Make sure that no one in your family or that visits your home encourages your puppy to bite because training your puppy not to bite is a process. Even if only one person lets him or her chew on something that everyone else does not, this will send the puppy mixed signals and they will think that it is okay to do. However you plan on helping your puppy stop the biting habits, you have to remember that it takes patience!

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house training dogs

Thinking about getting a new puppy or currently own a little puppy? Then this information will come in handy. House training your dog is one of the first things you should be doing. It is the most important aspect of training your dog as a puppy. While this process is usually not hard, take it seriously. You should always remember to take it slow because it will not happen immediately. If you rush the training process you may end up having to restart the whole process.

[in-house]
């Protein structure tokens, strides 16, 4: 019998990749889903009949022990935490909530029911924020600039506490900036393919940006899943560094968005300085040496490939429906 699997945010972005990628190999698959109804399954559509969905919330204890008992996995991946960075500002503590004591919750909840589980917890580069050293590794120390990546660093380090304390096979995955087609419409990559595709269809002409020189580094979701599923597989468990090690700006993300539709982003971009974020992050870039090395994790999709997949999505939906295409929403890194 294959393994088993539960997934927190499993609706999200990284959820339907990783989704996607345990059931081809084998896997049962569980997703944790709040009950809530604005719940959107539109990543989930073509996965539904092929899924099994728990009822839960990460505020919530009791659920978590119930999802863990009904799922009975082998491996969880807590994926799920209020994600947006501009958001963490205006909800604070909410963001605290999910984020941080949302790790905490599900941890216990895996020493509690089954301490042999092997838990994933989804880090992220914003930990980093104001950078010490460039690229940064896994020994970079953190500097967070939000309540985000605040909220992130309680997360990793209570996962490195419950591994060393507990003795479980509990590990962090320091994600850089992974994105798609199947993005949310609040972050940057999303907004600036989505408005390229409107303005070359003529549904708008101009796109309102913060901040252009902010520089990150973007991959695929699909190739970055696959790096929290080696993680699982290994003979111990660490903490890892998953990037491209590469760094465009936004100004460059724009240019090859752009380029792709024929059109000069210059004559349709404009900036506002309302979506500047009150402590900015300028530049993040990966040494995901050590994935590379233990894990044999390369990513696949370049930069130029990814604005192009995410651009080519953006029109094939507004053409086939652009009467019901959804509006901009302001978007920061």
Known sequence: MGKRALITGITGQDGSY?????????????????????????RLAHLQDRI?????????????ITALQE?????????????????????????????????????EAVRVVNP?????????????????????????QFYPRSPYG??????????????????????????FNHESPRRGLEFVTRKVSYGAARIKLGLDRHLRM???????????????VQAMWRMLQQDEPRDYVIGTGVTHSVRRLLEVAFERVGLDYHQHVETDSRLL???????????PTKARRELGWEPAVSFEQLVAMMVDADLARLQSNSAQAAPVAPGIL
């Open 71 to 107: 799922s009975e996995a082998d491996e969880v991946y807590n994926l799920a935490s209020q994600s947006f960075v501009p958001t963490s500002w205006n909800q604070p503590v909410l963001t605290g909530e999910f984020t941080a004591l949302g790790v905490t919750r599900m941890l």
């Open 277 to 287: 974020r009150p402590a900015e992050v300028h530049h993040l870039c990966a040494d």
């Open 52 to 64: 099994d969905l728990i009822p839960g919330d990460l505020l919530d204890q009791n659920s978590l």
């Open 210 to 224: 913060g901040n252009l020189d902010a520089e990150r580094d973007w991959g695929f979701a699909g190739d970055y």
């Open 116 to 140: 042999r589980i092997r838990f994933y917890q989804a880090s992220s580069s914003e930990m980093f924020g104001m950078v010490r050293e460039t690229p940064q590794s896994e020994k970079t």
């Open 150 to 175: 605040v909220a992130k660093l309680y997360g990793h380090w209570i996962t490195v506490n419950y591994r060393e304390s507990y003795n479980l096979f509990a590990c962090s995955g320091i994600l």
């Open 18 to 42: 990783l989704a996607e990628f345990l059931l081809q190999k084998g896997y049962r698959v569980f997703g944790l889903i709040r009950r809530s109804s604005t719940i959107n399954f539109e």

When the owner is not at home, the puppy should be placed in a small room at all times and all of the floor should be covered with paper. It is very important to puppy-proof the room , which means that you should remove any items that could cause injury to your puppy. At first, the puppy will likely dispose of waste at a random spot in the room and they will likely play with the papers, chew them etc. This is normal and you should not punish your puppy for it. Always clean up any mess that the puppy makes each day and place new ones down.